Street preacher Pawlowski files human rights complaint against City

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Art Pawlowski listens as Calgary Police Sergerant Les Kaminski explains why he must move his ministry for the homeless in front of City Hall Photograph by: Sarah Lazarovic/Canwest News Service, xx

 

A Christian street ministry that has been feuding with the city has filed a human rights complaint, claiming it was discriminated against when an application to have a flag raising at City Hall was refused.

Artur Pawlowski of Street Church Ministries accuses outgoing Mayor Dave Bronconnier and the city clerk’s office of a religious bias in its refusal to allow the group to hold a ceremony and deny a bid to have Bronconnier declare the following December Jesus Month.

In its refusal, Pawlowski said the city and mayor argued the church did not meet the criteria for either a flag raising or a proclamation because of a policy against issuing proclamations or raising flags for a specific religion.

But Pawlowski complained the city’s own actions indicate the opposite. In his complaint, he cited previous occasions where special declarations were made for other religions, such as Sikh Awareness Week. He also pointed out that the city declared Pride Month, recognizing homosexuals, a few months before his group applied for a flag raising and proclamation.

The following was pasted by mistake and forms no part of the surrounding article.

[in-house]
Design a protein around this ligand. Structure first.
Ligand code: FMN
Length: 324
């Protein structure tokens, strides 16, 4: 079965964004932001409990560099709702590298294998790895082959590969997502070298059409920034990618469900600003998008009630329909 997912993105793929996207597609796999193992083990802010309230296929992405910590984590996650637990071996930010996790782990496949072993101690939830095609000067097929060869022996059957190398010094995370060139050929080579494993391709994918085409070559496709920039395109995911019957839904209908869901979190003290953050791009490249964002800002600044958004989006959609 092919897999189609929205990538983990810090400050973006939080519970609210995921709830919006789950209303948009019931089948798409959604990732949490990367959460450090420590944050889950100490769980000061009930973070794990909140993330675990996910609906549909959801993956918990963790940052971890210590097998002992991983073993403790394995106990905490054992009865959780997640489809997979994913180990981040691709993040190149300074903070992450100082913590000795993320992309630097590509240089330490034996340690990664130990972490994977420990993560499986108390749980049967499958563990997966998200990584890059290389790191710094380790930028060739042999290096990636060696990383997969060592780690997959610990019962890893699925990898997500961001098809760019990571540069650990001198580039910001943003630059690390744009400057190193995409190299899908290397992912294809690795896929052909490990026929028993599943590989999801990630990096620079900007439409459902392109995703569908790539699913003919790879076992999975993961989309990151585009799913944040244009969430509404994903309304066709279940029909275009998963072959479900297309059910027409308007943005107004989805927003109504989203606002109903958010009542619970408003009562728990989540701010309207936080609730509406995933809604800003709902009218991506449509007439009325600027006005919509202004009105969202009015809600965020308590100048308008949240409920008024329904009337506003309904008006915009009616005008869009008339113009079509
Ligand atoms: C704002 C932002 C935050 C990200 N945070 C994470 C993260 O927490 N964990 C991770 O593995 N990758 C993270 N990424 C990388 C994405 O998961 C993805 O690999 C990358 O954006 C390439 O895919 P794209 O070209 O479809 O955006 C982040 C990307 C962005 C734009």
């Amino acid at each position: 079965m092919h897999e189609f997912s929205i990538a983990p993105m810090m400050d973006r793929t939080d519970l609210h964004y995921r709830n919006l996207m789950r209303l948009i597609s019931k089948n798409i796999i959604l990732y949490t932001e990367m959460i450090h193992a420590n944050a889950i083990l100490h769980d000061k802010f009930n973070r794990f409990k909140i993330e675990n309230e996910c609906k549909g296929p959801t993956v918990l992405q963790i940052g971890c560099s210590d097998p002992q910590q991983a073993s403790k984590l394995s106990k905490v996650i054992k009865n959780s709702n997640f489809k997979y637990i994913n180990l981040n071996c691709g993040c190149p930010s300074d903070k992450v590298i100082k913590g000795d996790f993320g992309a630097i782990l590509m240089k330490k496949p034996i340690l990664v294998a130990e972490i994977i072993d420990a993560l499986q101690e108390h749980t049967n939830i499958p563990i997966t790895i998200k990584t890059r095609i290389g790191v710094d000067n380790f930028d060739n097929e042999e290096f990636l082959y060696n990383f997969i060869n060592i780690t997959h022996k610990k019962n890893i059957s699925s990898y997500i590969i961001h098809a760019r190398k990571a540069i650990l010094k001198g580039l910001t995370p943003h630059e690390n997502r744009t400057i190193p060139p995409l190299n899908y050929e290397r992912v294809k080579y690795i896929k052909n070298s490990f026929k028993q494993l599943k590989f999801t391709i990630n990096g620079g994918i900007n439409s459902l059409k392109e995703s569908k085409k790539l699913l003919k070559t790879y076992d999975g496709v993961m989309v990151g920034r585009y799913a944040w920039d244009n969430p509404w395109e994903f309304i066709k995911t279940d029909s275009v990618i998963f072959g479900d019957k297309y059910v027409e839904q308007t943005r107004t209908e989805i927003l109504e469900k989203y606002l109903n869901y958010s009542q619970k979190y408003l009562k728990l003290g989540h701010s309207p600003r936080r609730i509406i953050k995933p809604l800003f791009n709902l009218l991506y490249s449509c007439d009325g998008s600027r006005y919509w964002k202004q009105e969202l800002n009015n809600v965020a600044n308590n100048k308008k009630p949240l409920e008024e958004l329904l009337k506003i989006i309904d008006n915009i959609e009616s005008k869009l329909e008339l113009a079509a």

"It is obvious from any unbiased observer that the mayor and the city has chosen to discriminate against Christians and against our beliefs," said Pawlowski in a news release.

A spokesman for the city could not be reached for comment.

In a letter to Pawlowski, the Alberta Human Rights Commission said it has accepted his complaint that goods and services were refused on the grounds of religious beliefs. The commission wrote that it will try to resolve the dispute and has asked the city to provide a written response to the complaint.

Pawlowski’s street church has been the subject of noise complaints for its public preaching to the homeless. It has been in a protracted battle with the city that included a slew of bylaw charges, some of which went to trial and are awaiting a judge’s ruling.

Read more: from the original article on the Calgary Herald website 

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